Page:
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Japanese research advances lithium-ion battery metals recovery

The Green Science Alliance in Japan has successfully extracted valuable metals from spent lithium-ion batteries using natural solvents.

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Ryohei Mori at the alliance has developed a procedure to extract cobalt, nickel and manganese from cathode and black mass using  a  natural deep eutectic solvent. 

This approach could replace toxic solvents such as sulphuric acid or strong organic solvents which are harmful to the environment. In addition, existing chemical processes often require high temperatures and emit corrosive vapours which can pose a danger to factory operators. 

As a step towards commercial-scale industrial application, this innovative metal extraction process will be compared to that of conventional recycling methods. Green Science Alliance will continue to search for the best deep eutectic solvent and metal sedimentation process in order to achieve maximum efficiency in metals recovery.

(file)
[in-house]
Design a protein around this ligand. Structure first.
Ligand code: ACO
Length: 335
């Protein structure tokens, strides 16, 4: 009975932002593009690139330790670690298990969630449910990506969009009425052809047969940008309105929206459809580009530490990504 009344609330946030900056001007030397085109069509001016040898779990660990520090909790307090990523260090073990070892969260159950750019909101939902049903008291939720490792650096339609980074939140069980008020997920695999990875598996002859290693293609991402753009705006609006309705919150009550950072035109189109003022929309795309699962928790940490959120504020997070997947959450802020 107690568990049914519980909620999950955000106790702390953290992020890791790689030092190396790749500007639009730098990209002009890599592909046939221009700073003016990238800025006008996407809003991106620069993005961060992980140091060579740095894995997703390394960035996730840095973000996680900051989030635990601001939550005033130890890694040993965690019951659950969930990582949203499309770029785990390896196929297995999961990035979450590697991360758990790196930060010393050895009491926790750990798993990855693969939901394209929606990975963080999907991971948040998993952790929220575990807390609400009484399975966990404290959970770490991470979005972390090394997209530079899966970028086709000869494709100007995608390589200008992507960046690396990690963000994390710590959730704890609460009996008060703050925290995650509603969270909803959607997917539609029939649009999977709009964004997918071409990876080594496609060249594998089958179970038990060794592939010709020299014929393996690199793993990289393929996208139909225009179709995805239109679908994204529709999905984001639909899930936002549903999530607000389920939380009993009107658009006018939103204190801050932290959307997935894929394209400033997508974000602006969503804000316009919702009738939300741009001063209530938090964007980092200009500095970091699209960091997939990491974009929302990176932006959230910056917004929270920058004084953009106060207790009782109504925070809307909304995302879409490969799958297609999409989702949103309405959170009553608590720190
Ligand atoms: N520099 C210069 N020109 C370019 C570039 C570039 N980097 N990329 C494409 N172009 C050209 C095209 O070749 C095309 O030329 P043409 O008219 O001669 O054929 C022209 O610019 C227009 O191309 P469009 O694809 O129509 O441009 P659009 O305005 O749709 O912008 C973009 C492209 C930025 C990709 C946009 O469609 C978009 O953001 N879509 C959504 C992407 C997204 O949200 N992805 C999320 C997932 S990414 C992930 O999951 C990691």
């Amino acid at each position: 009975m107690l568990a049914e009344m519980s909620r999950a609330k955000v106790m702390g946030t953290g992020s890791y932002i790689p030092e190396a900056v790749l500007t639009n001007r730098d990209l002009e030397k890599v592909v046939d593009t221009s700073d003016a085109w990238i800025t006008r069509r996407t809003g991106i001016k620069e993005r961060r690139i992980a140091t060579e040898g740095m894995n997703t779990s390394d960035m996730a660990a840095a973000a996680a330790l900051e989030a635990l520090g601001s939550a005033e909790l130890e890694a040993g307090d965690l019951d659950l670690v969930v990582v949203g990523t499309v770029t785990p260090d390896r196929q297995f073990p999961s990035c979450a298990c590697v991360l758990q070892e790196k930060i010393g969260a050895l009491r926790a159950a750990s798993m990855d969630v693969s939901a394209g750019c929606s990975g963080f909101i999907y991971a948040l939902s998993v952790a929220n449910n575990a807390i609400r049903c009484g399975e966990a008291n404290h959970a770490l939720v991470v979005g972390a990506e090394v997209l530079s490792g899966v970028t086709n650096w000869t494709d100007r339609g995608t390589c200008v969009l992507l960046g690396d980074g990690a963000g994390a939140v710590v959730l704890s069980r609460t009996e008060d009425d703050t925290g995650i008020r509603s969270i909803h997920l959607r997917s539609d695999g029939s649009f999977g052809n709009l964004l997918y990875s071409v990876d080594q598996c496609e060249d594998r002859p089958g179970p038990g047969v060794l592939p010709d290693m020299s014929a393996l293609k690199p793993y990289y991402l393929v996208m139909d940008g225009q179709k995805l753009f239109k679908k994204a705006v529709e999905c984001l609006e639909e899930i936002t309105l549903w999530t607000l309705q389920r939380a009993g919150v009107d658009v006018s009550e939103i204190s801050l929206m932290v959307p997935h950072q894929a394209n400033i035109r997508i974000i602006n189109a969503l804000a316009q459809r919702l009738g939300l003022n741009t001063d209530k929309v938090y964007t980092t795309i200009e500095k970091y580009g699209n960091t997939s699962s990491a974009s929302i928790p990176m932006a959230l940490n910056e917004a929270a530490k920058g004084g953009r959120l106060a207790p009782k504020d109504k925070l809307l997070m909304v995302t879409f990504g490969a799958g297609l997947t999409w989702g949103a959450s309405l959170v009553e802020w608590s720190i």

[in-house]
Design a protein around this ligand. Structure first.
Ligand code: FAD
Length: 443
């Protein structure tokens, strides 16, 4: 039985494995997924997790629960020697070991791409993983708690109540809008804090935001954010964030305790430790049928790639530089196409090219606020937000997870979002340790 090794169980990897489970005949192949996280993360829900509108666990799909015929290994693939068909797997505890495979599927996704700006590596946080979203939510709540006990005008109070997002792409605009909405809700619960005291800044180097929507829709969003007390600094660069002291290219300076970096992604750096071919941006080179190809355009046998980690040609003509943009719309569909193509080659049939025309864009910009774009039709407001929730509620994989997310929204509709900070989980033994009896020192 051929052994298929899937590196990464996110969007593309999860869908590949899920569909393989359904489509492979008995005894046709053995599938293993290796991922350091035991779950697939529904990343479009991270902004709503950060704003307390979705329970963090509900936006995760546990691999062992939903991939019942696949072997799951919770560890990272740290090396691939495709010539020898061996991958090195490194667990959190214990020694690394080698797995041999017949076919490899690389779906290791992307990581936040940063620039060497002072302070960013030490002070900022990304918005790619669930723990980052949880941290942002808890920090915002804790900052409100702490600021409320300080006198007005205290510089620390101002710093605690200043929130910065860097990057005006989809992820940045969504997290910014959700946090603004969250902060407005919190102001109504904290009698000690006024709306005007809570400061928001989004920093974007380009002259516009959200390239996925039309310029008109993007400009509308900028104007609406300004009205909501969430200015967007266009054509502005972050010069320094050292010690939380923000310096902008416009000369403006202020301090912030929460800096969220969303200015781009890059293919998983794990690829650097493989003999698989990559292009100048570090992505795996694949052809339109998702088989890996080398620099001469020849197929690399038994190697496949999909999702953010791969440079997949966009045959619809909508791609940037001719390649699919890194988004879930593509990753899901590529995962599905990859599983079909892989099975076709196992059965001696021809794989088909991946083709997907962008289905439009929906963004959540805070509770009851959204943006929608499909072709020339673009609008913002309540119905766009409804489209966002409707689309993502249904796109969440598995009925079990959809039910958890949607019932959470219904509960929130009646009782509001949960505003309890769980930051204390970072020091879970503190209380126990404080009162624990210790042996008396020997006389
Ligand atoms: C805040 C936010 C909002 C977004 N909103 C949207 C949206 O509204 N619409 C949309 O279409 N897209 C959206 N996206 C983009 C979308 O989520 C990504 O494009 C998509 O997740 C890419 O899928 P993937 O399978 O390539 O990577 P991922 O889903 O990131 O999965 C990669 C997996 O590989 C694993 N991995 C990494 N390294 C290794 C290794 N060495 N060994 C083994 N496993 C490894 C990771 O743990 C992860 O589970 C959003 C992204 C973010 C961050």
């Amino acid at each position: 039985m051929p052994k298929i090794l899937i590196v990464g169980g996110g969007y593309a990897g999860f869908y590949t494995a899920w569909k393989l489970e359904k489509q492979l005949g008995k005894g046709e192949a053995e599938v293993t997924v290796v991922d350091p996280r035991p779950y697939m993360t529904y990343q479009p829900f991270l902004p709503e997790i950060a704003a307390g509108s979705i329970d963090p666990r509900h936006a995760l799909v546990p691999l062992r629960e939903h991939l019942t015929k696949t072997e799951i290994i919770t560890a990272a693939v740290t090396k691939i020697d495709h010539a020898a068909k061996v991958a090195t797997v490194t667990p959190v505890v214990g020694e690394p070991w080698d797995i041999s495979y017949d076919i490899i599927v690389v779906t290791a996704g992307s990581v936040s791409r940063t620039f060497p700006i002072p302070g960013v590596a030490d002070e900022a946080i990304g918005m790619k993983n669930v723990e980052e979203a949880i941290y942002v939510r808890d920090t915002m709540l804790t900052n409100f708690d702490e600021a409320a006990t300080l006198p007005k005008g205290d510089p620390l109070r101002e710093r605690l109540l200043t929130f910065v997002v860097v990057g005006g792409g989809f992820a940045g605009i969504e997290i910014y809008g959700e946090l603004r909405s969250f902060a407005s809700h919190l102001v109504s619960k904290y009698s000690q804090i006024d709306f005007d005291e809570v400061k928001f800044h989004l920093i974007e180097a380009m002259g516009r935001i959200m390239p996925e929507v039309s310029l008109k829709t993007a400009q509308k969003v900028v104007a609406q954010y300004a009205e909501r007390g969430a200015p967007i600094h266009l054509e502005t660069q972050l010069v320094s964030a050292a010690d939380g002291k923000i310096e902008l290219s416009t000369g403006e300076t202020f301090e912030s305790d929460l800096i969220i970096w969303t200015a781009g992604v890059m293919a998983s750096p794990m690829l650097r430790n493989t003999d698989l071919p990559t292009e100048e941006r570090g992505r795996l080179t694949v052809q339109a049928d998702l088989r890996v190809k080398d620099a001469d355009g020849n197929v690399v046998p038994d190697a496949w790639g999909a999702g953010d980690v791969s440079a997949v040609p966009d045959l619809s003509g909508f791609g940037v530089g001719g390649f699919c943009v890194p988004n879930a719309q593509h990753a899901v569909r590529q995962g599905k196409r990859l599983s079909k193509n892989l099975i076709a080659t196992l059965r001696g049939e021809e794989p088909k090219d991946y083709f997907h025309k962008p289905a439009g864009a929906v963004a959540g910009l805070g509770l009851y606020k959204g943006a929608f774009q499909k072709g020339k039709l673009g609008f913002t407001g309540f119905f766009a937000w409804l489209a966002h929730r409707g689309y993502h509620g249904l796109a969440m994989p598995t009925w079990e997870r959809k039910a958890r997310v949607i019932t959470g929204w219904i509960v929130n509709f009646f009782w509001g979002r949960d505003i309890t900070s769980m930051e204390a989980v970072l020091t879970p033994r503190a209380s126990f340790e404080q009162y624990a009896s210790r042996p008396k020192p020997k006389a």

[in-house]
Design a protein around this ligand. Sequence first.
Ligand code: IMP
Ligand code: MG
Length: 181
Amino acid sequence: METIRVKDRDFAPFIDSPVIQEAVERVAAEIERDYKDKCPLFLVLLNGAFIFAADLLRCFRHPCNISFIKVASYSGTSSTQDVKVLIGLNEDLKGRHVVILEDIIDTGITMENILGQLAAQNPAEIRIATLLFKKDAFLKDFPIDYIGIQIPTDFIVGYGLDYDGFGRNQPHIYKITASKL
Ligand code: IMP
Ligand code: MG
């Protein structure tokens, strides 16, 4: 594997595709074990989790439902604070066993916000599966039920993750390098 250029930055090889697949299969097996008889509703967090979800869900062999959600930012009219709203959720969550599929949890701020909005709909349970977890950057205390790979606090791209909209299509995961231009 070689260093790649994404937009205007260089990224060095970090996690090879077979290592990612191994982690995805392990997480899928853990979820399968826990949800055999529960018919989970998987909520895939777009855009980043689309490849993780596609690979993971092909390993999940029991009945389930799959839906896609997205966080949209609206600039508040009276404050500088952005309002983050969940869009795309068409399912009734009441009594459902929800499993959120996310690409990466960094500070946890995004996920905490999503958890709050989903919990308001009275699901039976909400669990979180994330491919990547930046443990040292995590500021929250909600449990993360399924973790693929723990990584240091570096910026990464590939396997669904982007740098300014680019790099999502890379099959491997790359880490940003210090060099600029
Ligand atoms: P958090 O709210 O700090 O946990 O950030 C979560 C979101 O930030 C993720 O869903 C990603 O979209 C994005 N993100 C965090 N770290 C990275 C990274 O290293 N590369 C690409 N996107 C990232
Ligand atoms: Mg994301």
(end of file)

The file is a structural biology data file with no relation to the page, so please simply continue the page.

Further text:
Mori explains that a deep eutectic solvent has similar characteristics to that of ionic liquid. It is a mixture of Lewis  or Bronsted acid and base materials. They contain various types of anion and cation.

Deep eutectic solvents can be synthesised by using certain ratios of hydrogen bond donor and accepter chemicals. By applying two or several chemical compounds, one can obtain eutectic substances which have lower melting points than any of the individual chemicals.

The good news is that the deep eutectic solvent used in these experiments is cheaper than ionic liquid in general. Application examples of deep eutectic solvents include:

  • Electrolyte for battery
  • Extraction of various type of plant derived materials such as catechin, flavonoid, anthraquinone, alkaloids etc.
  • Solvent for various type of organic synthesis
  • Extraction and deposition of various types of metal
  • Gas absorption
  • Dissolution of cellulose, lignin etc.
  • Plasticiser
  • Biofuel purification

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